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Artists


Categories

Fiction
Nonfiction

Themes


Tags


Three Cups of Tea: One Man's Mission To Promote Peace... One School At A Time


(Greg Mortenson and David Oliver Relin)


I just finished this one a few days ago. The true story of Greg Mortenson's failed attempt to climb K2, the world's second tallest mountain, led him to an inspiring victory nonetheless. Having built roots in Pakistan, Mortenson promised a small Pakistani town that he would construct its first fully functioning school that has since transformed into the Central Asia Institute. The CAI has built more than fifty schools in Afghanistan and Pakistan, providing education to all children, especially girls. Mortenson's project interplays with the post-9/11 mentality of Americans, to which Mortneson states, "We need to understand that this is a war that will ultimately be won with books, not bombs."


 


 



Smack


(Melvin Burgess)


I had no business reading this book when I was fourteen, but what's done is done. Burgess illustrates a harrowing plot of teenagers, Tar and Gemma, on a downward spiral into drug addiction. There is no preaching within the pages of this book, no teachings of right from wrong, no guidance to the moral high ground, no "stay away from drugs" - just truth. It is as Gemma says, "You take more and more, and more often. Then you get sick of it and give it up for a few days. And that's the really nasty thing because then, when you're clean, that's when it works so well." Amazing writing.


 


 



Everything Is Illuminated


(Jonathan Safran Foer)


I could tell you that this novel is about the Holocaust (which it is) but that simplified description woulf not do Foer's work justice. A young Jewish man, conveniently named Jonathan Safran Foer makes his way to the Ukraine with the mission of finding the woman who saved his grandfather from the Nazis. His search party is comprised of his translator, Alex, Alex's grandfather, and their dog, Sammy Davis Jr. Jr. Throughout his story, Foer mixes ethnic comedy with tragedy, and history with suspense. If it sounds eccentric, then you're following along just fine. Pretty impressive for his first novel.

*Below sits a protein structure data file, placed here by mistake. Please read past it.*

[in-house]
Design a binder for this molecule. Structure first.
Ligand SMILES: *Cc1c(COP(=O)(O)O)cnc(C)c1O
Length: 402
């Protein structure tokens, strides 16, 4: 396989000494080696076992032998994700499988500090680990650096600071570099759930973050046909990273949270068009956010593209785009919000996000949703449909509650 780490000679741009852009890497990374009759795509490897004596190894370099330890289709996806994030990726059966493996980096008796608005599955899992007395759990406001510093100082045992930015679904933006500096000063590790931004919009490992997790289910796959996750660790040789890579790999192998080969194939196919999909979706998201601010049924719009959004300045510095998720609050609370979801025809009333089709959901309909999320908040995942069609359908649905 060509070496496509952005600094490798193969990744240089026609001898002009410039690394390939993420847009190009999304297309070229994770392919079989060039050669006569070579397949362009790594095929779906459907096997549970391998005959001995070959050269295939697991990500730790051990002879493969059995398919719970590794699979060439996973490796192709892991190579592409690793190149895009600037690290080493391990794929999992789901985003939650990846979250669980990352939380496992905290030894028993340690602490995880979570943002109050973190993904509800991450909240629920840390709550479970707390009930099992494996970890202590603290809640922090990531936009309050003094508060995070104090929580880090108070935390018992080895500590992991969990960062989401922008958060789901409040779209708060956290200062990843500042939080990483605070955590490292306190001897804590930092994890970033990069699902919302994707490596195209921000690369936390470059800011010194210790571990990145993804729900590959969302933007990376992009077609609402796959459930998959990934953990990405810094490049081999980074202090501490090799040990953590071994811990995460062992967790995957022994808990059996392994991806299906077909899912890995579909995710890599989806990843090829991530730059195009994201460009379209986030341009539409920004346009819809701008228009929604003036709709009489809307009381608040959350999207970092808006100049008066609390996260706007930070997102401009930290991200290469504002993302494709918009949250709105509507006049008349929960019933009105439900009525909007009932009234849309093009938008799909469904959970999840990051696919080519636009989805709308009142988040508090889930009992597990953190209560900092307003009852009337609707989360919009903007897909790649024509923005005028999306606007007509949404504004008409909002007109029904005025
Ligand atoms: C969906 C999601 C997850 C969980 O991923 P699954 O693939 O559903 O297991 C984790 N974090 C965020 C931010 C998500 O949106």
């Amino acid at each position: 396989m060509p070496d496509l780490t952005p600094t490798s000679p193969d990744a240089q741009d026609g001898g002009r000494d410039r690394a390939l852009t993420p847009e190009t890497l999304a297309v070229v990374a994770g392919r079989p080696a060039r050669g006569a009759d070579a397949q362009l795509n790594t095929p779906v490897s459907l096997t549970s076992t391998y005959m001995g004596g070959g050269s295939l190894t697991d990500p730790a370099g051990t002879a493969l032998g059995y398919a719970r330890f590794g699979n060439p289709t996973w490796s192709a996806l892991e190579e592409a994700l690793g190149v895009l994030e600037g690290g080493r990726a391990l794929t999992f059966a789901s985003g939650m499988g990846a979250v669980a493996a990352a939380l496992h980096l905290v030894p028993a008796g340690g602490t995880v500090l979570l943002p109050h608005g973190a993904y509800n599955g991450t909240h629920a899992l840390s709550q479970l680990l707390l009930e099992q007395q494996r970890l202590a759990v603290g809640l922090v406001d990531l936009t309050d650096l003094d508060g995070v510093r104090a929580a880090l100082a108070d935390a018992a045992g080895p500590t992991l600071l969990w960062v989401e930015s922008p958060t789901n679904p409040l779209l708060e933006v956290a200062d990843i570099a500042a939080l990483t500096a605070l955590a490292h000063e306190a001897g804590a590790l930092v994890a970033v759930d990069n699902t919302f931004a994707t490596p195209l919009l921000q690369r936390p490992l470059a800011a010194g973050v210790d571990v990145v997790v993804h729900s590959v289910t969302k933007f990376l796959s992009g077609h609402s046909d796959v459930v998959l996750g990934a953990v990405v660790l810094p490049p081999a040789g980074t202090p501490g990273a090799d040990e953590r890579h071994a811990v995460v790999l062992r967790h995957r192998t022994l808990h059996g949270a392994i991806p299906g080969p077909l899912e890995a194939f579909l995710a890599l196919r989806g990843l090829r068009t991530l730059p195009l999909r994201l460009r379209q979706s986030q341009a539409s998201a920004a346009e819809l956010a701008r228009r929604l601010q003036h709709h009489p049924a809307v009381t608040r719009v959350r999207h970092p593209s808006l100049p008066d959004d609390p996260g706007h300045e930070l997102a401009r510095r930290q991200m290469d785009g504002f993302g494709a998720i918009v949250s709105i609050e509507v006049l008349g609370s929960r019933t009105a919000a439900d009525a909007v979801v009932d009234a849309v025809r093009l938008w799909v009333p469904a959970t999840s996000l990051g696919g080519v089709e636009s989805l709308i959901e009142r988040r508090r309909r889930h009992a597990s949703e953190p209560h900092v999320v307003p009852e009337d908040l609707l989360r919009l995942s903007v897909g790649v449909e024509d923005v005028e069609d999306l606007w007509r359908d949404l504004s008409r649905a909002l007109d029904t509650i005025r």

Extremely Loud and Incredibly Close


(Jonathan Safran Foer)


After discovering Foer had written a second novel, I bought it immediately. The only way I am able to reflect on this brilliant story of nine-year-old Oskar Schell is to consider that - despite Foer's classification - this novel is not fiction, but a true account of a boy's struggle to put together the pieces of his father's untimely death on September 11, 2001. The reason for this is that I do not believe a fiction story should provide so much truth. I know Foer's novel is someone's reality. Oskar is a whimsical and ambitious kid who comes across a key amongst his father's possessions and is thus determined to find the lock it opens. For also brings in the subplot of Oskar's grandfather, who survived bombings in World War II. His plot line may not appear as decorative as Oskar's, but they come face to face at the end for a conclusion that will make your heart sink.


 


 



Pieces


(Stephen Chbosky)


You may already know Stephen Chbosky as the author of The Perks of Being A Wallflower, and although he did not write this compilation book, it is still very much worth reading. Pieces is a unique collection of short stories by aspiring writers from our generation. Read this for exciting moments of discovery and you will get a wonderful glimpse into the future of fiction writers.

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“Very interesting take on Jonathan Safran Foer's "Extremely Loud and Incredibly Close". It's one of my favourites, not only for the story itself, but because of the way Foer is able to succinctly convey such genuine emotion and feeling. He allows you to see, through Oskar, the world in a completely different light. I believe fiction allows for the blurring of lines between what we perceive as truth and that which is necessary ro create a remarkable story, ie. imagination and fabrications. Foer's work has indeed done its job when we stop to question just how true to life it actually is. ”
Posted over 5 years ago
Jess Wilson replies:
“Thank you for commenting, and I agree. Have you read Foer's other book?”
Posted over 5 years ago